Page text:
Join gaming leaders online at GamesBeat Summit Next this upcoming November 9-10. Learn more about what comes next.
When designing the Tesla Model S, Elon Musk wanted an electric motor that had the same horsepower as the most powerful internal combustion engine but with nearly-instantaneous torque. And he wanted it to be the size of a watermelon. Engine manufacturers told him this couldn’t be done. So the Tesla CEO decided to build his own motor. The earlier versions of this had a hand-wound stator which increased winding density to help eliminate resistance and increase peak torque. Later versions of the stators were built by robots.
Musk made the same decision with practically every other component of the Tesla — including the power electronics and other elements of the drivetrain. For him, there could be no compromises in design and functionality. That is why almost every component of the Tesla Model S is produced at its factory in Fremont, Calif.
When you drive a Model S, you can see the results. The car literally seems to fly. It picks up acceleration like a spaceship shifting into warp speed. The car is eerily quiet, comfortable, and elegant. It is a completely different driving experience than the cars we are used to. There is no engine to start, gears to shift, or oil to replace. The brakes don’t wear out because you hardly use them. The Tesla regenerative-braking system charges the car as it slows.
The best part is that the Tesla generates no exhaust fumes to pollute the environment. And if your house has solar panels as mine does, there is a very low fuel cost.
My only complaint after owning my Model S for a year is that I now have a hard time driving conventional gas-powered vehicles. They seem clunky and crude. It’s like going back to cassette tapes after using iPods and iPhones. I forget to switch the engine on, find the noise deafening, and feel the jerks when the gears change.
I was not surprised when, last year, Consumer Reports said the Model S was the best car they had ever tested and that this year they named it their best overall “Top Pick” — giving it their highest scores in performance, safety, and reliability. My experience has been the same. After a few initial repairs, the car has had absolutely no problems. It doesn’t need an oil change or maintenance, so I haven’t even had to visit the dealership. I love getting the automatic software upgrades — which add the same types of features as when we update our iPhones. When is the last time that your internal-combustion vehicle had a feature upgrade?
Yes, I know I am biased and seem like a Tesla “fanboy.” This is because I see the future of the automotive industry and a way to reduce our dependence on environment-destroying fossil fuels. Tesla has now proven the viability and superiority of electric vehicles. Along the way, it has had to battle skeptics, short-sellers, and even the press. Last year, for example, the New York Times had to issue an apology of sorts by admitting that one of its reporters had “problems with precision and judgment.” It had published a deeply flawed review of the Model S.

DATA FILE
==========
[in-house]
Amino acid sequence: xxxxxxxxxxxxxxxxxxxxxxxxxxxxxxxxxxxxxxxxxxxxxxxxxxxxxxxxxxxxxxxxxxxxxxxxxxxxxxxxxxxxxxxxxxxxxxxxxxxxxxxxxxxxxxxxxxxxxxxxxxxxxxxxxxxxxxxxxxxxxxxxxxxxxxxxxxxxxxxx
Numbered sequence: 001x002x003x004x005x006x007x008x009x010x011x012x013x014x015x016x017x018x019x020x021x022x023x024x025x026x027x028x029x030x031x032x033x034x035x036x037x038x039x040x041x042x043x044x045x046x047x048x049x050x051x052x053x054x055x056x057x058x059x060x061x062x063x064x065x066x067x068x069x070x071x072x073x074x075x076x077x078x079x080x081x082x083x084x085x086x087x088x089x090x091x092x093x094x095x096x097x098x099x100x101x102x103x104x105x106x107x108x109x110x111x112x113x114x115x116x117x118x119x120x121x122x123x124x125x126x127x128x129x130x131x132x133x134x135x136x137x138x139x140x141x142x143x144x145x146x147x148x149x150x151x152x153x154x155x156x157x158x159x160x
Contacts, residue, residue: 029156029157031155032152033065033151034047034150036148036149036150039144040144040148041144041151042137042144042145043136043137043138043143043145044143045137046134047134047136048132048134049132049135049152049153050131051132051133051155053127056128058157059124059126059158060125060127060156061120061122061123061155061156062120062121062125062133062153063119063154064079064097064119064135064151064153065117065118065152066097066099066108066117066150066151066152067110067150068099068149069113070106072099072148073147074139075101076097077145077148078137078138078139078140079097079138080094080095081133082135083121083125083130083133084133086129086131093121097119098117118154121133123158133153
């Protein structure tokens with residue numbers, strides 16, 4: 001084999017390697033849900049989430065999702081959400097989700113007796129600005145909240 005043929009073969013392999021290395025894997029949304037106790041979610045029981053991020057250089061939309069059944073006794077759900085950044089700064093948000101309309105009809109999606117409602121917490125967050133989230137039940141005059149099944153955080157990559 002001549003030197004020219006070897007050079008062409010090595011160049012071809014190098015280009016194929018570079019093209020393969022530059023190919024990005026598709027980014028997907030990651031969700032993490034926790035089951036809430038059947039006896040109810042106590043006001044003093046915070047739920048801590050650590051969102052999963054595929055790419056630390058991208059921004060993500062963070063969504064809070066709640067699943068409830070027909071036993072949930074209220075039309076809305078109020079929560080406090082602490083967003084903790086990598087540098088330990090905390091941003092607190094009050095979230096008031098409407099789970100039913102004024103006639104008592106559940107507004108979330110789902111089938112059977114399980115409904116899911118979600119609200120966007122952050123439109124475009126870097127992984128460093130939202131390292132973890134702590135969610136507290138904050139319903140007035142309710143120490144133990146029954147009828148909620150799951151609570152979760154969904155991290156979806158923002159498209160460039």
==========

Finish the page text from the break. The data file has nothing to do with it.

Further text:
Tesla’s latest announcement of the Gigafactory will cause another big leap forward. The company announced plans to build a gigantic $5 billion factory that produces 35GWh of battery storage a year — which is more than all the lithium-ion batteries produced worldwide in 2013. Tesla expects that when it starts ramping up production in 2017, prices for batteries will be 30 percent lower than they are today. This is not an unrealistic assumption because battery prices have been dropping at even faster rates. An analysis by Deutsche Bank showed that laptop battery prices fell from $2,000 to $250 over a 15-year period, and lithium ion battery prices fell from $650/kWh in 2009 to about $450 in Dec. 2010.
This means that it is realistic to expect that in 2017, Tesla will deliver a vehicle as elegant as the Model S which can go 200 miles on a single charge and has a $35,000 sticker price.
My prediction is that by the early 2020s, Tesla’s scale and innovation capability will lead to cars that can travel more than 1,000 miles on a single charge and that are priced lower than $35,000 (in today’s dollars). We will all be driving cars as powerful and elegant as the Model S.
Wait, let me correct myself. I expect that by then, cars will be driving themselves. Our robotic assistants will have all the fun.
Related: Confessions of a Tesla fanboy, Part I (Feb. 2013)
Vivek Wadhwa is a fellow at the Rock Center for Corporate Governance at Stanford University, director of research at the Center for Entrepreneurship and Research Commercialization at Duke’s engineering school and distinguished scholar at Singularity and Emory universities. His past appointments include Harvard Law School and University of California Berkeley.
VentureBeatVentureBeat's mission is to be a digital town square for technical decision-makers to gain knowledge about transformative technology and transact. Our site delivers essential information on data technologies and strategies to guide you as you lead your organizations. We invite you to become a member of our community, to access:
- up-to-date information on the subjects of interest to you
- our newsletters
- gated thought-leader content and discounted access to our prized events, such as Transform 2021: Learn More
- networking features, and more